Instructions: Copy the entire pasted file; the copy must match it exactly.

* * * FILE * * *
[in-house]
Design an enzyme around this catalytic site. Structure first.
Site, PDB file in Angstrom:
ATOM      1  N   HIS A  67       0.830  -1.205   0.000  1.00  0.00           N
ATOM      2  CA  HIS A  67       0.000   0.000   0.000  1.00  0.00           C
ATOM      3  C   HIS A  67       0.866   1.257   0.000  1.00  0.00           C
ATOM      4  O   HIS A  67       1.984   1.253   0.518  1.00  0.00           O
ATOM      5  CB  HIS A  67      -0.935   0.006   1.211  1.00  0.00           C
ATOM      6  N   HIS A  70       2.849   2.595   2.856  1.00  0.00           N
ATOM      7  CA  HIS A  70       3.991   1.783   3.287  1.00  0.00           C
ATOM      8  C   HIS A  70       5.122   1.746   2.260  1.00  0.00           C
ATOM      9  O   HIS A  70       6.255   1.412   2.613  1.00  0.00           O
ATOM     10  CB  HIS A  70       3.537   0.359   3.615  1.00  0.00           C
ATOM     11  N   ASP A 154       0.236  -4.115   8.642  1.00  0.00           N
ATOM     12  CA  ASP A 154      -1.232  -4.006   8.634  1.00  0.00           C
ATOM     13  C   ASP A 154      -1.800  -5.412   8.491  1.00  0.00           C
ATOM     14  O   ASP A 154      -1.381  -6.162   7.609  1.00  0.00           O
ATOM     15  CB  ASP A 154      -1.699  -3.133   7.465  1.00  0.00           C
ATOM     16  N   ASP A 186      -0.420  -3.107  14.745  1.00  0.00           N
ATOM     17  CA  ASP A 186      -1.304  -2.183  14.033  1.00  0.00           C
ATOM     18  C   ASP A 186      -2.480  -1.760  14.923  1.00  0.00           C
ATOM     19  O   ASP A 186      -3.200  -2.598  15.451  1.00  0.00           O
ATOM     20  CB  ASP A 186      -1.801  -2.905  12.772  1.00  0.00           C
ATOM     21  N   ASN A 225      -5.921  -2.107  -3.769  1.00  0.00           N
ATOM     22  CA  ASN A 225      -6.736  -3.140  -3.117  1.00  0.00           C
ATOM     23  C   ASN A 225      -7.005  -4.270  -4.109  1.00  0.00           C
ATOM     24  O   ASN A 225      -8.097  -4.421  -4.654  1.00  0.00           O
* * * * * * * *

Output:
[in-house]
Design an enzyme around this catalytic site. Structure first.
Site, PDB file in Angstrom:
ATOM      1  N   HIS A  67       0.830  -1.205   0.000  1.00  0.00           N
ATOM      2  CA  HIS A  67       0.000   0.000   0.000  1.00  0.00           C
ATOM      3  C   HIS A  67       0.866   1.257   0.000  1.00  0.00           C
ATOM      4  O   HIS A  67       1.984   1.253   0.518  1.00  0.00           O
ATOM      5  CB  HIS A  67      -0.935   0.006   1.211  1.00  0.00           C
ATOM      6  N   HIS A  70       2.849   2.595   2.856  1.00  0.00           N
ATOM      7  CA  HIS A  70       3.991   1.783   3.287  1.00  0.00           C
ATOM      8  C   HIS A  70       5.122   1.746   2.260  1.00  0.00           C
ATOM      9  O   HIS A  70       6.255   1.412   2.613  1.00  0.00           O
ATOM     10  CB  HIS A  70       3.537   0.359   3.615  1.00  0.00           C
ATOM     11  N   ASP A 154       0.236  -4.115   8.642  1.00  0.00           N
ATOM     12  CA  ASP A 154      -1.232  -4.006   8.634  1.00  0.00           C
ATOM     13  C   ASP A 154      -1.800  -5.412   8.491  1.00  0.00           C
ATOM     14  O   ASP A 154      -1.381  -6.162   7.609  1.00  0.00           O
ATOM     15  CB  ASP A 154      -1.699  -3.133   7.465  1.00  0.00           C
ATOM     16  N   ASP A 186      -0.420  -3.107  14.745  1.00  0.00           N
ATOM     17  CA  ASP A 186      -1.304  -2.183  14.033  1.00  0.00           C
ATOM     18  C   ASP A 186      -2.480  -1.760  14.923  1.00  0.00           C
ATOM     19  O   ASP A 186      -3.200  -2.598  15.451  1.00  0.00           O
ATOM     20  CB  ASP A 186      -1.801  -2.905  12.772  1.00  0.00           C
ATOM     21  N   ASN A 225      -5.921  -2.107  -3.769  1.00  0.00           N
ATOM     22  CA  ASN A 225      -6.736  -3.140  -3.117  1.00  0.00           C
ATOM     23  C   ASN A 225      -7.005  -4.270  -4.109  1.00  0.00           C
ATOM     24  O   ASN A 225      -8.097  -4.421  -4.654  1.00  0.00           O